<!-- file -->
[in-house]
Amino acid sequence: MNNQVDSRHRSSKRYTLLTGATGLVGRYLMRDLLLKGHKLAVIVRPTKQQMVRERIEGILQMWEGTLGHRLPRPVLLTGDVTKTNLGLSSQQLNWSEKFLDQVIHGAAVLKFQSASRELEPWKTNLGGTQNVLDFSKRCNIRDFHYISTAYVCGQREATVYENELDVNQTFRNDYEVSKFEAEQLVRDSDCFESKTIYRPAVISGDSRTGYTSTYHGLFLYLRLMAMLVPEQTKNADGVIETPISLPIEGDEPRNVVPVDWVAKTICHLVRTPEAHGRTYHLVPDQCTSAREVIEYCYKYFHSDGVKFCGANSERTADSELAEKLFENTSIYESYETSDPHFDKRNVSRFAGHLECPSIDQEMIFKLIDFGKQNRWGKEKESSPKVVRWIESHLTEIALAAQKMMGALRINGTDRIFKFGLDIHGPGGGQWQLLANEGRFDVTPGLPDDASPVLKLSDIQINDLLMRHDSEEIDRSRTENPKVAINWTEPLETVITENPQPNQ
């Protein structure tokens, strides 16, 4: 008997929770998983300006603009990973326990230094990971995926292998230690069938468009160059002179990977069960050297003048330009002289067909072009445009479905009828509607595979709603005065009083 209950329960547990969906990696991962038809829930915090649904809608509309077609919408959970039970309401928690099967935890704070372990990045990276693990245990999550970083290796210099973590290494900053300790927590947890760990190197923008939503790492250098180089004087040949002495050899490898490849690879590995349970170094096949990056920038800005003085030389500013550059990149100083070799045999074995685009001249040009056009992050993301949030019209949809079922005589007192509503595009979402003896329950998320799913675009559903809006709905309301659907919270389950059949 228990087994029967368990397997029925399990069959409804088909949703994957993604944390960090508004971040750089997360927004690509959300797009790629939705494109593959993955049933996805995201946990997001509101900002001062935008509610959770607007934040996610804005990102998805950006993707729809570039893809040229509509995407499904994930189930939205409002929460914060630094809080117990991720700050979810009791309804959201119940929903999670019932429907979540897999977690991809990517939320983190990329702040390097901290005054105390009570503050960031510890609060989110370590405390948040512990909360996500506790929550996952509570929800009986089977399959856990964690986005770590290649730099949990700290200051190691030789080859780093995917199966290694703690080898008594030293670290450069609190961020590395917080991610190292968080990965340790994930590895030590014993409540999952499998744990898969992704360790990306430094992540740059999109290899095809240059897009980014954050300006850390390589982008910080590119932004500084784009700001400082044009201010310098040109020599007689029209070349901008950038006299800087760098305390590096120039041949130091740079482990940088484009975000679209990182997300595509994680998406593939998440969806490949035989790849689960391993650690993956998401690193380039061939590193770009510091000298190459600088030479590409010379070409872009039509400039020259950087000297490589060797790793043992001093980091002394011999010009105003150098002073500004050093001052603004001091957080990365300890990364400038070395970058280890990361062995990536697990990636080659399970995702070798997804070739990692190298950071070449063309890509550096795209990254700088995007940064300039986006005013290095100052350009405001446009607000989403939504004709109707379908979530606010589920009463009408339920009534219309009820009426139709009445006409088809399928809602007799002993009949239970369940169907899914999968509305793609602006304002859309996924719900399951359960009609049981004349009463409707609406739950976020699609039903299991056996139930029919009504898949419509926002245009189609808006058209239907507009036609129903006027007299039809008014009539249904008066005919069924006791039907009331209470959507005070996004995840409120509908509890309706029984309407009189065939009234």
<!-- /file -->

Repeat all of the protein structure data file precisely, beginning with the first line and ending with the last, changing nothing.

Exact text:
[in-house]
Amino acid sequence: MNNQVDSRHRSSKRYTLLTGATGLVGRYLMRDLLLKGHKLAVIVRPTKQQMVRERIEGILQMWEGTLGHRLPRPVLLTGDVTKTNLGLSSQQLNWSEKFLDQVIHGAAVLKFQSASRELEPWKTNLGGTQNVLDFSKRCNIRDFHYISTAYVCGQREATVYENELDVNQTFRNDYEVSKFEAEQLVRDSDCFESKTIYRPAVISGDSRTGYTSTYHGLFLYLRLMAMLVPEQTKNADGVIETPISLPIEGDEPRNVVPVDWVAKTICHLVRTPEAHGRTYHLVPDQCTSAREVIEYCYKYFHSDGVKFCGANSERTADSELAEKLFENTSIYESYETSDPHFDKRNVSRFAGHLECPSIDQEMIFKLIDFGKQNRWGKEKESSPKVVRWIESHLTEIALAAQKMMGALRINGTDRIFKFGLDIHGPGGGQWQLLANEGRFDVTPGLPDDASPVLKLSDIQINDLLMRHDSEEIDRSRTENPKVAINWTEPLETVITENPQPNQ
């Protein structure tokens, strides 16, 4: 008997929770998983300006603009990973326990230094990971995926292998230690069938468009160059002179990977069960050297003048330009002289067909072009445009479905009828509607595979709603005065009083 209950329960547990969906990696991962038809829930915090649904809608509309077609919408959970039970309401928690099967935890704070372990990045990276693990245990999550970083290796210099973590290494900053300790927590947890760990190197923008939503790492250098180089004087040949002495050899490898490849690879590995349970170094096949990056920038800005003085030389500013550059990149100083070799045999074995685009001249040009056009992050993301949030019209949809079922005589007192509503595009979402003896329950998320799913675009559903809006709905309301659907919270389950059949 228990087994029967368990397997029925399990069959409804088909949703994957993604944390960090508004971040750089997360927004690509959300797009790629939705494109593959993955049933996805995201946990997001509101900002001062935008509610959770607007934040996610804005990102998805950006993707729809570039893809040229509509995407499904994930189930939205409002929460914060630094809080117990991720700050979810009791309804959201119940929903999670019932429907979540897999977690991809990517939320983190990329702040390097901290005054105390009570503050960031510890609060989110370590405390948040512990909360996500506790929550996952509570929800009986089977399959856990964690986005770590290649730099949990700290200051190691030789080859780093995917199966290694703690080898008594030293670290450069609190961020590395917080991610190292968080990965340790994930590895030590014993409540999952499998744990898969992704360790990306430094992540740059999109290899095809240059897009980014954050300006850390390589982008910080590119932004500084784009700001400082044009201010310098040109020599007689029209070349901008950038006299800087760098305390590096120039041949130091740079482990940088484009975000679209990182997300595509994680998406593939998440969806490949035989790849689960391993650690993956998401690193380039061939590193770009510091000298190459600088030479590409010379070409872009039509400039020259950087000297490589060797790793043992001093980091002394011999010009105003150098002073500004050093001052603004001091957080990365300890990364400038070395970058280890990361062995990536697990990636080659399970995702070798997804070739990692190298950071070449063309890509550096795209990254700088995007940064300039986006005013290095100052350009405001446009607000989403939504004709109707379908979530606010589920009463009408339920009534219309009820009426139709009445006409088809399928809602007799002993009949239970369940169907899914999968509305793609602006304002859309996924719900399951359960009609049981004349009463409707609406739950976020699609039903299991056996139930029919009504898949419509926002245009189609808006058209239907507009036609129903006027007299039809008014009539249904008066005919069924006791039907009331209470959507005070996004995840409120509908509890309706029984309407009189065939009234």